HAASS: Well, let me ask the -- I'll ask the question one last time and then I'll move on to the larger level. Is compromise one of the tools you're prepared to deploy?
RAUF: Everything is on the table.
HAASS: Okay. I will let others see if they can -- (laughter). Something tells me you're not prepared -- and I think, to be fair, I've just -- I've had some background in negotiations. There are times at which you don't necessarily want to get into great detail about what's potentially on the table, because that doesn't necessarily advance the cause of trying to reach a compromise. And obviously you've got to decide how much to be specific about and how much not to. It's obviously your call.
RAUF: But as I wanted to say, I'm -- we really are focused on solving it, and solving it in a way that will create the best possible outcome for all. That I -- I give you my pledge.
HAASS: I want to return to one of the larger issues you yourself mentioned in your statement today. And I'll quote from you. You said, "The battlefield today is not between Muslims and non-Muslims; it is between moderates of all the faith traditions and extremists of all the faith traditions." And on one level, I would grant that you're right, and there's that problem.
On another level, I think that skirts over a real issue. And again, to refer to something you said, 99-plus percent of all Muslims are not terrorists. But when one looks at the world today, 99 percent of the world's most dangerous terrorists are Muslims.
RAUF: (Yes ?).
HAASS: There is something that is wrong in contemporary Islam. You wrote this important book, which I have a copy of, about what's right with Islam. What about the question of what's wrong with Islam? Why is it that such a high percentage of today's most dangerous terrorists are Muslims? What has gone wrong? What is wrong?
RAUF: That's an important question, and I've -- and I've tried to address it in my -- in my faith tradition. A number of things -- political, socio-economic, religious, perceptions shaped by the media -- have all together created a witch's brew which has let us look at the issue in this way. So what we have done, in the Cordoba Initiative, is to look at the -- at the underlying causes, unpack them and create strategic projects that help to address the -- these core issues.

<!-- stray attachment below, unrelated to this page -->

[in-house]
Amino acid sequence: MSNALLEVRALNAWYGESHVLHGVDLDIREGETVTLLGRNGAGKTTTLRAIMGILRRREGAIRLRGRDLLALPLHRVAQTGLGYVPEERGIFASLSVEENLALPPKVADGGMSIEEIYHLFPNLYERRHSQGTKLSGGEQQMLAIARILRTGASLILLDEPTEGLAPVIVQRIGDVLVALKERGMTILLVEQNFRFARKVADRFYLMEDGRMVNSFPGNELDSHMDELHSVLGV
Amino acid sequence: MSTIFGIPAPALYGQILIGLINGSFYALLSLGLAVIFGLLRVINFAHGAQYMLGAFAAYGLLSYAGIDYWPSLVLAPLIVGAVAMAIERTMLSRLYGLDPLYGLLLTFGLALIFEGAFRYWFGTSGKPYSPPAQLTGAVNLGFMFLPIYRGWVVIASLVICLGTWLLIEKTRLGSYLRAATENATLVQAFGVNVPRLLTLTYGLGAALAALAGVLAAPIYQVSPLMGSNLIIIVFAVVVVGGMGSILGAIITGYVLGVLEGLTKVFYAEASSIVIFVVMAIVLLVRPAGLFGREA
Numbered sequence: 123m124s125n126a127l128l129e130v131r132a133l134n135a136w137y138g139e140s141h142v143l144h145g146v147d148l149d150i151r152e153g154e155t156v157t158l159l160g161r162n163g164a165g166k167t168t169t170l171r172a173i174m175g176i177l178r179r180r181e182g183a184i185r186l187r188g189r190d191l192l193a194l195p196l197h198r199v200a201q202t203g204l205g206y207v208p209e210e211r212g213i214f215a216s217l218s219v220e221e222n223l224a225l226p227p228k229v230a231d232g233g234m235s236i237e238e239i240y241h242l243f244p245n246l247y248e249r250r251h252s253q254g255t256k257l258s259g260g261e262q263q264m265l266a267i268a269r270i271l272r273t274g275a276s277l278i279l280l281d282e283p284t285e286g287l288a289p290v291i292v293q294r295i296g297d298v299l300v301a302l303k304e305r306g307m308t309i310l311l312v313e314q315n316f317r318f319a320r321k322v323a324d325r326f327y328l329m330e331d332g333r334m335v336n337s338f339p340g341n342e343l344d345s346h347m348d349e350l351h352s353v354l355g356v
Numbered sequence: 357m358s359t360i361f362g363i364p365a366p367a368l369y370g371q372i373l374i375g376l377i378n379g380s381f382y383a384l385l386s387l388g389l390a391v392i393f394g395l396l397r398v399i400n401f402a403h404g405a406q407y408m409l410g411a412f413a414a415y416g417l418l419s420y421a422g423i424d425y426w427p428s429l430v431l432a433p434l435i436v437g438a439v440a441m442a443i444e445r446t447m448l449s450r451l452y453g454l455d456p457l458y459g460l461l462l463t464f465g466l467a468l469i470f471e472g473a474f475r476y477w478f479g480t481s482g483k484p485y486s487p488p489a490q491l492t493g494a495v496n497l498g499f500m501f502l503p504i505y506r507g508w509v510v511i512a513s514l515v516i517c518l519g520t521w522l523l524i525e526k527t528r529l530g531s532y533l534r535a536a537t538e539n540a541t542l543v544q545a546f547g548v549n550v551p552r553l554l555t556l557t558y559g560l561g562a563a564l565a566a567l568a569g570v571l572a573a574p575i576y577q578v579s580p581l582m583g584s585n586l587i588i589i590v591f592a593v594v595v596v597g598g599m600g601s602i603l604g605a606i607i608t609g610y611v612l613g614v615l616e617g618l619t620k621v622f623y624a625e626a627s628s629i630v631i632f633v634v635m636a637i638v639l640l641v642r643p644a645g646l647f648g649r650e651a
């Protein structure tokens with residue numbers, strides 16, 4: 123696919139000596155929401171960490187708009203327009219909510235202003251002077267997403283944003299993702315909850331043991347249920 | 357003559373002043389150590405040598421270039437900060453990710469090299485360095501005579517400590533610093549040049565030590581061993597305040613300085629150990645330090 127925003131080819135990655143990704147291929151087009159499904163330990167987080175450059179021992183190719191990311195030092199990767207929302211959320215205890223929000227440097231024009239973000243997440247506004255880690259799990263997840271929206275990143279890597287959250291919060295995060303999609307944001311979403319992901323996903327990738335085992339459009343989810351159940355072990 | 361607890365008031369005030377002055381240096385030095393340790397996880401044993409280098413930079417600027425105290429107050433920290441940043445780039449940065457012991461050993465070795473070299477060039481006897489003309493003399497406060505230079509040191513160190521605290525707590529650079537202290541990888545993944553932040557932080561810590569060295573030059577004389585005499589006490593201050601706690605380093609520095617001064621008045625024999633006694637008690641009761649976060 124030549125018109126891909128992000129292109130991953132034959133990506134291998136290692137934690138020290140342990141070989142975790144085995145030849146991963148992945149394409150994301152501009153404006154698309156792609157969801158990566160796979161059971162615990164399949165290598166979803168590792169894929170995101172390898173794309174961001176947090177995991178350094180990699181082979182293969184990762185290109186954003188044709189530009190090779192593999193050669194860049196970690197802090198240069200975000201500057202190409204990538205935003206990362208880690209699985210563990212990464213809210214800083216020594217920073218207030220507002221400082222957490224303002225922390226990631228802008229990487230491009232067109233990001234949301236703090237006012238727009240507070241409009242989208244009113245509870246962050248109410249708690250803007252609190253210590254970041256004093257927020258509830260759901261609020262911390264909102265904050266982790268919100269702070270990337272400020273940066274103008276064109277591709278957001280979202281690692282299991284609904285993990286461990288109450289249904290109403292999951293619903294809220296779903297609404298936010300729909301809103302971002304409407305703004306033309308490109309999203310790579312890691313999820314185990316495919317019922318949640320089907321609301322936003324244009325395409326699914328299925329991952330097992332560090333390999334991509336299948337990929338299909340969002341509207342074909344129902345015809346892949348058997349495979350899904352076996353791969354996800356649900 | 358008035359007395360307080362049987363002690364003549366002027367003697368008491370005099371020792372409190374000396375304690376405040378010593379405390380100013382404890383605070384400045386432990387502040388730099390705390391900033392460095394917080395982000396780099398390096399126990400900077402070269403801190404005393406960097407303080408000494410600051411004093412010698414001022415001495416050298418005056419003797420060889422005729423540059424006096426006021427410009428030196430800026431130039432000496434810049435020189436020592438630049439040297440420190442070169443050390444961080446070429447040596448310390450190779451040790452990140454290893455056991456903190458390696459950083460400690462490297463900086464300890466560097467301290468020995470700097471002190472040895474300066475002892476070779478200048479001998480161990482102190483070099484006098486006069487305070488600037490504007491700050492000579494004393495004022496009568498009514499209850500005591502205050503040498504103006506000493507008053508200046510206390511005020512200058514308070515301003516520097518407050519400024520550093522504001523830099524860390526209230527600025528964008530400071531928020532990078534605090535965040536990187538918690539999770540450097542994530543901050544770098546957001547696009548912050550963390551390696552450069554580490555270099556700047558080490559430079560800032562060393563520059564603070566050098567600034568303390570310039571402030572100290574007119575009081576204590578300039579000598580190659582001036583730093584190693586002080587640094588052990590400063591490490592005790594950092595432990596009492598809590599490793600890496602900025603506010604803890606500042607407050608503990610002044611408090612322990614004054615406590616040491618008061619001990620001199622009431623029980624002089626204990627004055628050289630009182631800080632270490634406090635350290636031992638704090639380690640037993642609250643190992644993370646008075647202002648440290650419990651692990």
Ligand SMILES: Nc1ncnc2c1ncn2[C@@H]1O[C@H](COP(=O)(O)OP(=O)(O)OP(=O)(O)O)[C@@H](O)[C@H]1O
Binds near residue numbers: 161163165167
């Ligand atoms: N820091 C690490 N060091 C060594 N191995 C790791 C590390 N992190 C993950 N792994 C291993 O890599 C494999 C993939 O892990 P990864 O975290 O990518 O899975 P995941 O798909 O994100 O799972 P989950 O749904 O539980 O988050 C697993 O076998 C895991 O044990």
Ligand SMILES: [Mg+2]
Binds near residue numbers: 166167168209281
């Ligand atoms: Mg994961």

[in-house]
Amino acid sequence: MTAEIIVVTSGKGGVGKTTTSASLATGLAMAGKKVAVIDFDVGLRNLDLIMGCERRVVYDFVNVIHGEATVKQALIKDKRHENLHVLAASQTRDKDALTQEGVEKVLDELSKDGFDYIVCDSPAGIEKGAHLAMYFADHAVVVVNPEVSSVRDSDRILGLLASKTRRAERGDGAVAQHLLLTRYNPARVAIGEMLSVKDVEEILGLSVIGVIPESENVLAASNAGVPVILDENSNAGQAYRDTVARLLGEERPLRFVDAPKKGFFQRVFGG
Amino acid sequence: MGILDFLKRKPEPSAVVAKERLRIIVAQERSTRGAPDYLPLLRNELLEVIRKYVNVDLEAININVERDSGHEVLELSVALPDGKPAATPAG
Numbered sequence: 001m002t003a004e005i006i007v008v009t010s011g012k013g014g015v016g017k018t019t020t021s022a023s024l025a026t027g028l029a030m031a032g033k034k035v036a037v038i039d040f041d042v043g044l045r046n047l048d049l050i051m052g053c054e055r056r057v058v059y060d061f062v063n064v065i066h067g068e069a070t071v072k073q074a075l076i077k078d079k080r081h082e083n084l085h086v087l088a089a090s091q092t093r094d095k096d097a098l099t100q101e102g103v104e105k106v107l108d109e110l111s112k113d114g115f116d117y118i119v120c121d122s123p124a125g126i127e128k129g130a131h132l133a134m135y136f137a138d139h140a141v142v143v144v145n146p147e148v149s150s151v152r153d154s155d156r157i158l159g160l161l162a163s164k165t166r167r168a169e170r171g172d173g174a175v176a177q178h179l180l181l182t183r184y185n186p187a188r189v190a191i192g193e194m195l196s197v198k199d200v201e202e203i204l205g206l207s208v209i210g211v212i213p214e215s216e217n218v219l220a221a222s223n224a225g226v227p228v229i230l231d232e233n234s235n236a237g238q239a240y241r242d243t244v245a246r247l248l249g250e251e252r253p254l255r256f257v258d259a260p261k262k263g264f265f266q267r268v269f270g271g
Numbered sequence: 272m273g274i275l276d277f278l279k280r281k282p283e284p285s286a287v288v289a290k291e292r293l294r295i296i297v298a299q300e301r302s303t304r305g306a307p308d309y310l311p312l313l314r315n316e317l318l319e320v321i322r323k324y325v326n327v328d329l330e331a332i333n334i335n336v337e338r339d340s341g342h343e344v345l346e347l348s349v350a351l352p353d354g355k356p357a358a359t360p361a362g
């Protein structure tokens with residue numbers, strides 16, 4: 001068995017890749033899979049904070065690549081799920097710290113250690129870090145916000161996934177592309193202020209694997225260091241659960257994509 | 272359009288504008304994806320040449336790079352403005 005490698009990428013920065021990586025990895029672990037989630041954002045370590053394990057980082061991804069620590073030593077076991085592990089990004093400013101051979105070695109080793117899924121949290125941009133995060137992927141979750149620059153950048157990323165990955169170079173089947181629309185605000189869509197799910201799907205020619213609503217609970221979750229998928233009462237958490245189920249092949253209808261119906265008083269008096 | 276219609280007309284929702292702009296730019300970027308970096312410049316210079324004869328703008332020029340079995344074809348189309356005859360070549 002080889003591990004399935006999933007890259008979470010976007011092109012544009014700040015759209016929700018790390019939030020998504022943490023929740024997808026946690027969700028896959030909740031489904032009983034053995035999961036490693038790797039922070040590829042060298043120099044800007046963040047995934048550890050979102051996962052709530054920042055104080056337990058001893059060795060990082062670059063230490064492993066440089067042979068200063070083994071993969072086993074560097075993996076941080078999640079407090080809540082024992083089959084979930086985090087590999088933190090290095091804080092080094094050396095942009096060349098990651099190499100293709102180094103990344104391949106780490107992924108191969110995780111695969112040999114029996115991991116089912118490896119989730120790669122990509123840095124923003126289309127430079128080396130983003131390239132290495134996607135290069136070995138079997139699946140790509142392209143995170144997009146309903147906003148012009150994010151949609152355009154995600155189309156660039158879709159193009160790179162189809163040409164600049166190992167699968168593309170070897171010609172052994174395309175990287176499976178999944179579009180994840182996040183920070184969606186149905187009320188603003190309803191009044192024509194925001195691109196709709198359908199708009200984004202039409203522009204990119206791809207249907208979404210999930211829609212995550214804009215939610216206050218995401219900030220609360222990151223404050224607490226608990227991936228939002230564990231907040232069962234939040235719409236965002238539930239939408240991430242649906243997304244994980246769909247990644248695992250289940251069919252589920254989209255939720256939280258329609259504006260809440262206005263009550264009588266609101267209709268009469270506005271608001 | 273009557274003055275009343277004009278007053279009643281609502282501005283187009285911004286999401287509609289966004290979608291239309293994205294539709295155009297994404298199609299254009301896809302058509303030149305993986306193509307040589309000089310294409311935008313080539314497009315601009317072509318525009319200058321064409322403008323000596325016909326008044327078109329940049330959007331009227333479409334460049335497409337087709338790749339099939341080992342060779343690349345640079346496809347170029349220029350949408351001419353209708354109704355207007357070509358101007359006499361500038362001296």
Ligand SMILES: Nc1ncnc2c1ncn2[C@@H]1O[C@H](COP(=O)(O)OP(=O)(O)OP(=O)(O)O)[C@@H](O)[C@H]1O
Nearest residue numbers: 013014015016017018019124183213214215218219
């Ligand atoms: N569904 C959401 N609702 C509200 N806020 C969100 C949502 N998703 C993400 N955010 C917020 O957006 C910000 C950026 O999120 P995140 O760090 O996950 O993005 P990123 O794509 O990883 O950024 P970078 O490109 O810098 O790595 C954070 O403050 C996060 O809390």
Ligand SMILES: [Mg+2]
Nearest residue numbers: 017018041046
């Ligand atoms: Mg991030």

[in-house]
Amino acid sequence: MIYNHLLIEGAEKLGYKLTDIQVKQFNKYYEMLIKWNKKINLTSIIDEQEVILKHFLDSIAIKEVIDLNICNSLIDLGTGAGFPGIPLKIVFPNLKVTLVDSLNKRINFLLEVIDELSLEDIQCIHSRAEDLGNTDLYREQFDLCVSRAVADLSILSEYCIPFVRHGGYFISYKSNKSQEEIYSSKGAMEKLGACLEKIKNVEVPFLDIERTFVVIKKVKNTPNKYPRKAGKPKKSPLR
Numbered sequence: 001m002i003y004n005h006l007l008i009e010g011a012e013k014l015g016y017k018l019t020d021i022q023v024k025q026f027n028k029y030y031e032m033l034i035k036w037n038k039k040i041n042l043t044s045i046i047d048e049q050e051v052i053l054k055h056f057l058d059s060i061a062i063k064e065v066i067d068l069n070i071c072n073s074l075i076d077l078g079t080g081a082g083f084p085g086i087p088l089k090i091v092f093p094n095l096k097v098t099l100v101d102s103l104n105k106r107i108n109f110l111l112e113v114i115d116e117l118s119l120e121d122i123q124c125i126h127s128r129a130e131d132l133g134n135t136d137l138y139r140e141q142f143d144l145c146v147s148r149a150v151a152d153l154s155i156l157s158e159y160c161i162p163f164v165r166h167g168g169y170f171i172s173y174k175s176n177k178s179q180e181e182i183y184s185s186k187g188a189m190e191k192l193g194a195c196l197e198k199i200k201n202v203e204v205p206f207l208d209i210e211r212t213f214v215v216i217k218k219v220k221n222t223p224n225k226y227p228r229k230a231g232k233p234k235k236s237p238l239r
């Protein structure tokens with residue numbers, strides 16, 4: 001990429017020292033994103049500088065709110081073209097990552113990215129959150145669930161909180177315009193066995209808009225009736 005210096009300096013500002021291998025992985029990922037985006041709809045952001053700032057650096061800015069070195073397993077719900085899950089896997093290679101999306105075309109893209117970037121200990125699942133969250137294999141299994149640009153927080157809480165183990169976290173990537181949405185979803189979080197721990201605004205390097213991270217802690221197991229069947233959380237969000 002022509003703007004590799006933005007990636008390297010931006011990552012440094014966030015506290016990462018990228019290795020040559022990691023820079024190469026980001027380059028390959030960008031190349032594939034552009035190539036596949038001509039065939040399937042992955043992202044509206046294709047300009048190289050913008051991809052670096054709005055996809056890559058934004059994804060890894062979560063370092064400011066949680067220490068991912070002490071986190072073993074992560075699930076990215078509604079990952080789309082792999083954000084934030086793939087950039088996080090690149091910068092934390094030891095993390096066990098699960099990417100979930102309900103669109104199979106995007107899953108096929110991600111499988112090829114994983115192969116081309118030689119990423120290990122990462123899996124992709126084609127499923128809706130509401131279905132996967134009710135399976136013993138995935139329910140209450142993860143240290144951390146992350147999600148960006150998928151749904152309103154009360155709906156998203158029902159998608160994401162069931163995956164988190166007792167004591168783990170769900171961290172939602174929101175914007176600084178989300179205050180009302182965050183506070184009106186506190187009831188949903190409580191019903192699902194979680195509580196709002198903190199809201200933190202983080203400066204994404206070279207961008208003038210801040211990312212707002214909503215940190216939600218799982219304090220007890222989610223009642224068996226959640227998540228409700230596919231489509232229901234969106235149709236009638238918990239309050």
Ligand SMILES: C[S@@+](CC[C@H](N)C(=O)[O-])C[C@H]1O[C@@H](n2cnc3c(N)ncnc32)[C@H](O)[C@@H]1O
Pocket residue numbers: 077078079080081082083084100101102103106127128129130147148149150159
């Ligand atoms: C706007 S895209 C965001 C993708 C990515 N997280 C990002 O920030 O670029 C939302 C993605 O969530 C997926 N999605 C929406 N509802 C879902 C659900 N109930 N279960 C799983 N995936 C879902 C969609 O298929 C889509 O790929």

As -- the political dimensions are the most important -- the Arab-Israeli crisis that has gone on for so long, presence of our troops in Iraq and Afghanistan, which has expanded the amount of terrorist acts. And by the way, we Muslims are the biggest victims of this -- of terrorism conducted by Muslims, et cetera.
Then you have the religious issues. How do we -- how do we go around the issue of separation of church and state? There's a history of the last century where we've had secular regimes really pushing religious voices out of the -- out of the -- away from the -- from the -- from the boardroom. These are among the -- among the issues that have -- that have fueled this crisis -- the sense of alienation among Muslim minorities (is ?) more so in Europe than in -- than in this country -- and the sense that -- you know, that we Muslims have to -- have to help each other, just like during the communist regime American Jews were supportive of Soviet Jewry and their plight. There's a sense of a common bond.
So we have to understand the physics, the dynamics, of what's going on and then engineer solutions. I think at this point we understand the science. It's -- I mean, we understood the science of how to go to the moon three centuries ago. But engineering the solution is what is needed right now. So we need to collectively engineer solutions and deploy them in order to address this issue.
HAASS: Let's just talk for a minute, then, about solutions, though that's a word I tend to shy away from. What is it that Muslims can do so, within the Muslim world, radicals do not continue to have the upper hand? What it is that people who have the Muslim faith who are committed to moderation and tolerance and liberalism in the classic sense -- what more is it that they can do to influence the trajectory of their fellow Muslims?